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Pruning Your Grapes

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Grape plants are the next thing to weeds; you have to be intentional to kill them. My first contact with a “disease” some farmers call “tractor blight” came as I was trying to learn how to hold a straight line as I disced. I took a couple of two-year-old vines off at ground level. Distraught, I sought the advice of another farmer who laughed and told me to wait.  Within a week or two there were new canes growing up out of the ground…no harm done.  So, remember, no matter how much you think you are butchering the vine, it will survive.

Pruning for an arbor or fence top is easy, just trim to taste. Vines prefer to produce foliage, so the berries will likely be small.

For fruit you need to prune severely—a method called cane pruning. Tie a cane to the stake the first year and then top it just above a bud below the wire. Canes will emerge from this junction. Anything below is a sucker and needs to be pulled off while still green. (If you cut it off, you leave behind a large number of buds which will continue to send out shoots.) After the summer’s growth, and after the vines are dormant, a number of canes originate from the head. Only first year’s growth will produce next year’s fruit. Prune other canes back to the head. First year canes will be smooth and not have true bark on them. Leave from two to four canes on each side of the head and tie them to the horizontal wire.

Wine grapes are cordon, or spur, pruned (cordon means arm in French). The first year, tie two canes to a horizontal wire, one going in each direction. All other canes should be pulled off (they are suckers). After the first year when the arms are established, all canes are pruned from the arms leaving behind a spur with two or three buds on it. Each spur produces canes for foliage and grapes for wine.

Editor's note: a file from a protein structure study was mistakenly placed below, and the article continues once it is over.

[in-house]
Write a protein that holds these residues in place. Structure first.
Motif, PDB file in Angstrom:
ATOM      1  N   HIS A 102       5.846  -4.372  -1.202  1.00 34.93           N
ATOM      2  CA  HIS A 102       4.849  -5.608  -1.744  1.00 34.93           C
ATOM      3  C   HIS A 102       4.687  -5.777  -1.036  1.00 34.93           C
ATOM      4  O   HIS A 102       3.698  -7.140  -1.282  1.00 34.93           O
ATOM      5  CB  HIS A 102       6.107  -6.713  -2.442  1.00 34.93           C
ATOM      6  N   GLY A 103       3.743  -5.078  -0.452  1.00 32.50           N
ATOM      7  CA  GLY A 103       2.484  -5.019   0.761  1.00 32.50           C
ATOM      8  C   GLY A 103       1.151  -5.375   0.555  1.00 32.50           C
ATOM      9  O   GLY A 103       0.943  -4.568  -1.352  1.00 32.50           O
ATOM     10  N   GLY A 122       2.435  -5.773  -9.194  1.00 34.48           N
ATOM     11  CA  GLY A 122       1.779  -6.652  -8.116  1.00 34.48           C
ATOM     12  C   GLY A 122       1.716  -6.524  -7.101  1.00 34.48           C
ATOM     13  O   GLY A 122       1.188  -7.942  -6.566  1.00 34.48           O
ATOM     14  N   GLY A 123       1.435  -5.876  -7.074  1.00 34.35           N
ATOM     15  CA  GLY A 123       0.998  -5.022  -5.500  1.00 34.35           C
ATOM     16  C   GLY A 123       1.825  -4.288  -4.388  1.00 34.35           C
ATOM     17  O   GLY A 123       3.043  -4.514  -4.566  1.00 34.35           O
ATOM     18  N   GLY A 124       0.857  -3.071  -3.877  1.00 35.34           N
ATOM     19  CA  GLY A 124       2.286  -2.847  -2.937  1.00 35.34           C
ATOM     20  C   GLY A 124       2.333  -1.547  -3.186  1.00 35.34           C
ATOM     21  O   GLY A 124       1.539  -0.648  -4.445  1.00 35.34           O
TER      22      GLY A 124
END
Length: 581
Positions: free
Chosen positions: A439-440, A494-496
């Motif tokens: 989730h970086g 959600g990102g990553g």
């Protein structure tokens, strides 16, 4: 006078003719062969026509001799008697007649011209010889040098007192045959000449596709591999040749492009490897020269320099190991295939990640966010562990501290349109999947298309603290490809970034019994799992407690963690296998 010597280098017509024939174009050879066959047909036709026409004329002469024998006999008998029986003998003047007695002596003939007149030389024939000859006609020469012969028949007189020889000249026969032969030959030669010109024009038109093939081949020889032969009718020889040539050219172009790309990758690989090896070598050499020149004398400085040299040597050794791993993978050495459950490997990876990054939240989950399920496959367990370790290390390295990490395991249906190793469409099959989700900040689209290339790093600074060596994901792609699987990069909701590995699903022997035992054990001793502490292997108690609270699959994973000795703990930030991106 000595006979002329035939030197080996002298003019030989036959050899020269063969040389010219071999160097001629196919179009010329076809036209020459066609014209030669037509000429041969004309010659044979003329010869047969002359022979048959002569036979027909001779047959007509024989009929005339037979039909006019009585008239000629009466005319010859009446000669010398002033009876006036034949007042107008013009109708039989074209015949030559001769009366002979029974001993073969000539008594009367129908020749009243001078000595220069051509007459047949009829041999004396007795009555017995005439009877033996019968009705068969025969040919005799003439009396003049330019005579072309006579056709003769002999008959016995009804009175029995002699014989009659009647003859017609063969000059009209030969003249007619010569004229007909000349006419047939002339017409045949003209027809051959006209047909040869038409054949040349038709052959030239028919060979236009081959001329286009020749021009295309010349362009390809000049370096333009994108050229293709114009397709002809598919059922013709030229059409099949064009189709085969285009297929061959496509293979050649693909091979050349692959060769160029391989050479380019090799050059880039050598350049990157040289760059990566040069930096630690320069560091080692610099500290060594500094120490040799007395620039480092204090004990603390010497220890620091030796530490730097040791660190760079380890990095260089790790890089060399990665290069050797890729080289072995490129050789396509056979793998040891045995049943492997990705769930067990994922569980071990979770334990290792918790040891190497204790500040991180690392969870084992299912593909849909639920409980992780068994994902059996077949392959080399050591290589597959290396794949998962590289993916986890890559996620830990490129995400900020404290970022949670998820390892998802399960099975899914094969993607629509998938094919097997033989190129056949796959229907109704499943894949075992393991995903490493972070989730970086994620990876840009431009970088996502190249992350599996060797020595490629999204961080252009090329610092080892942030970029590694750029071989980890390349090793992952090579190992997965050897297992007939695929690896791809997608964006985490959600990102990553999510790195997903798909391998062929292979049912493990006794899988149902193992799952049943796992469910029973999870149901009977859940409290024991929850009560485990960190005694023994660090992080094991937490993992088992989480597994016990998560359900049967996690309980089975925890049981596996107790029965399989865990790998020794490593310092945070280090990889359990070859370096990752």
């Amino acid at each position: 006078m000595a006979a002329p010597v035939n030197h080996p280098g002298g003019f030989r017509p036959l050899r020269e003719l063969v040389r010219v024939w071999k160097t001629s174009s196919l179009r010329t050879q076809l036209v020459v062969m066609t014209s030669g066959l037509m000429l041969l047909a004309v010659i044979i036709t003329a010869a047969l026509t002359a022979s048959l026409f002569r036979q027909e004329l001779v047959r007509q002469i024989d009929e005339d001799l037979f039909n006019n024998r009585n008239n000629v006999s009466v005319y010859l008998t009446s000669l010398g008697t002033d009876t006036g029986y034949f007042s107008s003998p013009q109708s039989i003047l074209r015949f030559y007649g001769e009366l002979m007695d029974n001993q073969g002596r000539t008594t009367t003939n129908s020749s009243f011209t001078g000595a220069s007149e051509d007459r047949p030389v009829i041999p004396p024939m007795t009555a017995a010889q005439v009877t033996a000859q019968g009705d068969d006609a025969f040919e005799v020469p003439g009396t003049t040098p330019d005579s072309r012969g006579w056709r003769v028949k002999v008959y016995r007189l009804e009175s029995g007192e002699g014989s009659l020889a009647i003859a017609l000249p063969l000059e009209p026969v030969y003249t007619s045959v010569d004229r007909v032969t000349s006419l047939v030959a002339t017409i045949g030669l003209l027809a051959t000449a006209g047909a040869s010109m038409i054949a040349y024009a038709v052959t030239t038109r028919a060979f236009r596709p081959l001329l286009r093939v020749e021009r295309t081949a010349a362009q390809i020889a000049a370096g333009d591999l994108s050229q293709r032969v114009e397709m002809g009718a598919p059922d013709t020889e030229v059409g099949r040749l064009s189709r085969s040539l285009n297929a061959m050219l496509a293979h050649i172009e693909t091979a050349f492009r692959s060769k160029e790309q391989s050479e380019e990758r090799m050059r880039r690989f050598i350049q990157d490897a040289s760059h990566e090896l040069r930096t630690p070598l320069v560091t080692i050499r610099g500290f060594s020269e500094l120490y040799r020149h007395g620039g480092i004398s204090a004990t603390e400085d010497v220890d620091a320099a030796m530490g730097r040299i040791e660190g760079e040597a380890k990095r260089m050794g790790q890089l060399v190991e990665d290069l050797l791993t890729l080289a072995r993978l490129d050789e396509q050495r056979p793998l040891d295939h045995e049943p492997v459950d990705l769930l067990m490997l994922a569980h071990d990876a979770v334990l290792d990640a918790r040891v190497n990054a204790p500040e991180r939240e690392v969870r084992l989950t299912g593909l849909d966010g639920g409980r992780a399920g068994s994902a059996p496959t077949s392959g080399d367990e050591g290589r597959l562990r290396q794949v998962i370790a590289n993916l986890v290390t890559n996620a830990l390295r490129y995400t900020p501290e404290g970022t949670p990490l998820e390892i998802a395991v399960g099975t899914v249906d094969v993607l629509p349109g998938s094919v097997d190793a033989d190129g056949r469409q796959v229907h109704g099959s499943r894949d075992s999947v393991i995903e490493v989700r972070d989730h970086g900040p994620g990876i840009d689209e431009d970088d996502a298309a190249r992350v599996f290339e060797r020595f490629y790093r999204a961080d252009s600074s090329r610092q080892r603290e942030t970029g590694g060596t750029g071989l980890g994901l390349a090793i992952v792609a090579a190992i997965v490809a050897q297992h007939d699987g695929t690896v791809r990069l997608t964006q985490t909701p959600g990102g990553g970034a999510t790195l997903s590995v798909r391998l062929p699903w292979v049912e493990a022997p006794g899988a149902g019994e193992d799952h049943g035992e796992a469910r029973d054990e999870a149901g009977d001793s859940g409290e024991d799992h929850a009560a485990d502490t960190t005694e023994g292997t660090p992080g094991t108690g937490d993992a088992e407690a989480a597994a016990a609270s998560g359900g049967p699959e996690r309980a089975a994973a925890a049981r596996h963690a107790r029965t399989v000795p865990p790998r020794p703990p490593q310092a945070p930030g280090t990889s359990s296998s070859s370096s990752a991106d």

Another thing to keep in mind is summer pruning. Grapes are very susceptible to powdery mildew, so foliage needs to be thinned. Prevent canes from dragging on the ground. Prune all of them about a foot above ground level to provide air circulation. You may also need to thin the overhead canopy a little for the same reason. Don’t take too much or you can sunburn the fruit. If you end up with mildew, use sulfur.

Grapes are very versatile. You can eat them as a snack, in salads, dry them as raisins or make wine. It has been grown as a crop for thousands of years. If you have questions that are grape-related, UCCE Master Gardeners in Tuolumne County will be available for questions at Open Garden Day on March 2. The demonstration garden is located on Barretta Street in Sonora at “the Dome.” The garden opens at 10:00 am; demonstrations start at 10:30.

Jim Bliss is a University of California Cooperative Extension Master Gardener of Tuolumne County. 


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